Trump’s Solar Tariffs Undermine Remarkable Industry Progress

President Trump’s decision to impose tariffs on solar component imports is a shortsighted and counterproductive move. The tariffs will raise the cost of solar power, resulting in a slowdown in growth for one of the fastest-growing employment sectors of America’s economy.
President Trump's tariffs on the solar industry will lead to the loss of 23,000 jobs, according to the Solar Energy Industries Association.
Credit: Photo credit: U.S. Department of Energy / Flickr

President Trump’s decision to impose tariffs on solar component imports is a shortsighted and counterproductive move, but it’s also consistent with his administration’s attempts to undermine clean energy across the board. The tariffs will raise the cost of solar power, resulting in a slowdown in growth for one of the fastest-growing employment sectors of America’s economy.


The controversial decision announced Monday involves imported solar equipment used to make solar panels, both for rooftop installations and in large utility-scale solar farms. The tariffs were widely opposed by the solar industry and lawmakers on both sides of the aisle.


The Solar Industry Has Been an Incredible Success Story


The solar industry continues to defy expectations and break its own records. Over the past decade, solar installations have grown at an incredible rate of 68 percent annually, and the cost of generating power from new solar projects has fallen by more than 85 percent since 2009.


Austin Energy continues its run of record-breaking solar projects, signing a contract for a new large-scale solar generation project (a power purchase agreement, or PPA) that analysts estimate has a price of between $23 and $27 per megawatt-hour (MWh). In Colorado, Xcel recently received bids from developers to install solar projects at a median bid price of $29.50 per MWh. At prices that low, new solar projects are significantly cheaper than a new gas plant, and they avoid the exposure to volatile natural gas markets. Those prices can even be lower than the cost of just operating an existing coal plant.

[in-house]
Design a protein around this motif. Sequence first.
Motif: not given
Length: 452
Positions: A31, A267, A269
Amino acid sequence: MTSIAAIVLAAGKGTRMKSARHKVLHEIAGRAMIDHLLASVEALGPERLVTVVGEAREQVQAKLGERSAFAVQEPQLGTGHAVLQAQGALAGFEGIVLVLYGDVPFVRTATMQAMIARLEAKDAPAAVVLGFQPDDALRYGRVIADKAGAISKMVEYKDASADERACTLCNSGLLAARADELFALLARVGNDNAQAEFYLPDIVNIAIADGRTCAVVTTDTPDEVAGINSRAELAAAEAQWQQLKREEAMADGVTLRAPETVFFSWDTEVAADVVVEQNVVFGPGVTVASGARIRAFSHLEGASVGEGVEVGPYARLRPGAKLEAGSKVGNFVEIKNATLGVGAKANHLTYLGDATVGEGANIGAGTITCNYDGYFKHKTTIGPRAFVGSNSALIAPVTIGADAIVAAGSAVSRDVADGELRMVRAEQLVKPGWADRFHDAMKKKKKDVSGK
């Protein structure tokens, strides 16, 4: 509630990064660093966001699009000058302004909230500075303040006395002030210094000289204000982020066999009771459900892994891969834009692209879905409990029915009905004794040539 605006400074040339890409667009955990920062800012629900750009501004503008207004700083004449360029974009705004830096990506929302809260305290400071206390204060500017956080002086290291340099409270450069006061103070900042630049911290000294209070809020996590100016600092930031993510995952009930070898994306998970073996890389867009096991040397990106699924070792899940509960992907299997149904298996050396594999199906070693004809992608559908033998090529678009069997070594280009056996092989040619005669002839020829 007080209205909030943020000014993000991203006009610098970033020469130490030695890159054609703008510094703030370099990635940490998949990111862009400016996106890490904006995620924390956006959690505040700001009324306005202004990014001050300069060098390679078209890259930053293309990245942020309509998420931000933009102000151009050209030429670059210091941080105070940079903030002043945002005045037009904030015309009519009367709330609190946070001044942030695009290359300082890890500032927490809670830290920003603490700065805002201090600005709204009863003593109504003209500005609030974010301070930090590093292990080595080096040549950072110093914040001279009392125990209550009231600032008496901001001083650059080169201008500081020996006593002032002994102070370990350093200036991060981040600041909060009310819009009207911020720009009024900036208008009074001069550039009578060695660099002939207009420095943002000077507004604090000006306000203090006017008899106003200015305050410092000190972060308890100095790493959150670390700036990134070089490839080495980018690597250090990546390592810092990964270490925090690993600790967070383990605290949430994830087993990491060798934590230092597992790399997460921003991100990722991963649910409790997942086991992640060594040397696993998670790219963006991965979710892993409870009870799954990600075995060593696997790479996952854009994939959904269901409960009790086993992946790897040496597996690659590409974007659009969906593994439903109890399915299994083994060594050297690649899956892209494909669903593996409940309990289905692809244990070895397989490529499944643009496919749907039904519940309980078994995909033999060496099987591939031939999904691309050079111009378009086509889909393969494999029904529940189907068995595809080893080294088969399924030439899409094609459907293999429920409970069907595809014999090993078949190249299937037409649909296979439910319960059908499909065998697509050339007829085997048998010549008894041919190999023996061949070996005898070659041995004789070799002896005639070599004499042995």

In New Mexico, the Otero County Electric Cooperative signed a PPA for a 3 megawatt (MW) solar project at a price of $45 per megawatt-hour, a record-low price for small-scale solar projects. The CEO of the co-op, Mario Romero, declared that the project “allows us to deliver renewable energy to our members while also saving them money.” The financial savings of projects like these don’t include the substantial climate, health, and environmental benefits from reducing coal and gas generation.


The Lawrence Berkeley National Laboratory recently performed an analysis of the public health and climate impacts of wind and solar generation. The researchers found that in 2015 alone, solar generation resulted in $1.6 billion in avoided climate and public health damages, amounting to about $41 of benefits for every MWh of solar generation. That’s significant.


On top of the climate and health benefits, the solar industry has also been an incredible job creator. The sector accounted for one out of every 50 new jobs added to the economy in 2016, and now employs over 260,000 U.S. workers. The Bureau of Labor Statistics recently projected that the job of solar installer would be the fastest-growing occupation in our economy over the next decade. Unfortunately, Trump’s decision to impose tariffs on the industry puts that growth at risk.


Why is President Trump Imposing Tariffs?